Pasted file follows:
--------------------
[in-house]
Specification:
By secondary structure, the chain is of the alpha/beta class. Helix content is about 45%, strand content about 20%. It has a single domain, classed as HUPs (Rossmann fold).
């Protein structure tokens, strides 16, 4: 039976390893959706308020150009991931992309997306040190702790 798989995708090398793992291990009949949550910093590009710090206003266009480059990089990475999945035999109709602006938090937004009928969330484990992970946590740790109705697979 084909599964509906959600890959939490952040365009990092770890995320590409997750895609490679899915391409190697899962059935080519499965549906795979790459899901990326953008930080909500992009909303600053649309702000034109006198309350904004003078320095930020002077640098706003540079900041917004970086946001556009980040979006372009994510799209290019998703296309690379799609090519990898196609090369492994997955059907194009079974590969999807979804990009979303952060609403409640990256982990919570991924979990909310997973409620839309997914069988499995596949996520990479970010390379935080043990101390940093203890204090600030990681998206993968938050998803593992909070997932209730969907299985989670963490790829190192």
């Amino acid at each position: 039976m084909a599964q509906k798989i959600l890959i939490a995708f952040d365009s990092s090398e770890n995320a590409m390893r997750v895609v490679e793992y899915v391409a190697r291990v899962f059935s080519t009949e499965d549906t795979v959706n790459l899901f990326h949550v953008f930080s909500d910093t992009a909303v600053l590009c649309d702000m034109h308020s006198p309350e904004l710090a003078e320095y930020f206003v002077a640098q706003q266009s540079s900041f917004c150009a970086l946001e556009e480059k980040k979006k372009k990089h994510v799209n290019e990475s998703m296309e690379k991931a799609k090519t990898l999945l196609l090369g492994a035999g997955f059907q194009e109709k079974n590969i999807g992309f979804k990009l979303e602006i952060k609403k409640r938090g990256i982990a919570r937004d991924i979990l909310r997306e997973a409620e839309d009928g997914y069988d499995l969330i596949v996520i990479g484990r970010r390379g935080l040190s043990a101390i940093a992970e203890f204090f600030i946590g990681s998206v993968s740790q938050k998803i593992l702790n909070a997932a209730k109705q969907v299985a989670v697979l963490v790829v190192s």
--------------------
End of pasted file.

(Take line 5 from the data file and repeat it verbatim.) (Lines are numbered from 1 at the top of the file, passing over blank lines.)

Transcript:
């Amino acid at each position: 039976m084909a599964q509906k798989i959600l890959i939490a995708f952040d365009s990092s090398e770890n995320a590409m390893r997750v895609v490679e793992y899915v391409a190697r291990v899962f059935s080519t009949e499965d549906t795979v959706n790459l899901f990326h949550v953008f930080s909500d910093t992009a909303v600053l590009c649309d702000m034109h308020s006198p309350e904004l710090a003078e320095y930020f206003v002077a640098q706003q266009s540079s900041f917004c150009a970086l946001e556009e480059k980040k979006k372009k990089h994510v799209n290019e990475s998703m296309e690379k991931a799609k090519t990898l999945l196609l090369g492994a035999g997955f059907q194009e109709k079974n590969i999807g992309f979804k990009l979303e602006i952060k609403k409640r938090g990256i982990a919570r937004d991924i979990l909310r997306e997973a409620e839309d009928g997914y069988d499995l969330i596949v996520i990479g484990r970010r390379g935080l040190s043990a101390i940093a992970e203890f204090f600030i946590g990681s998206v993968s740790q938050k998803i593992l702790n909070a997932a209730k109705q969907v299985a989670v697979l963490v790829v190192s």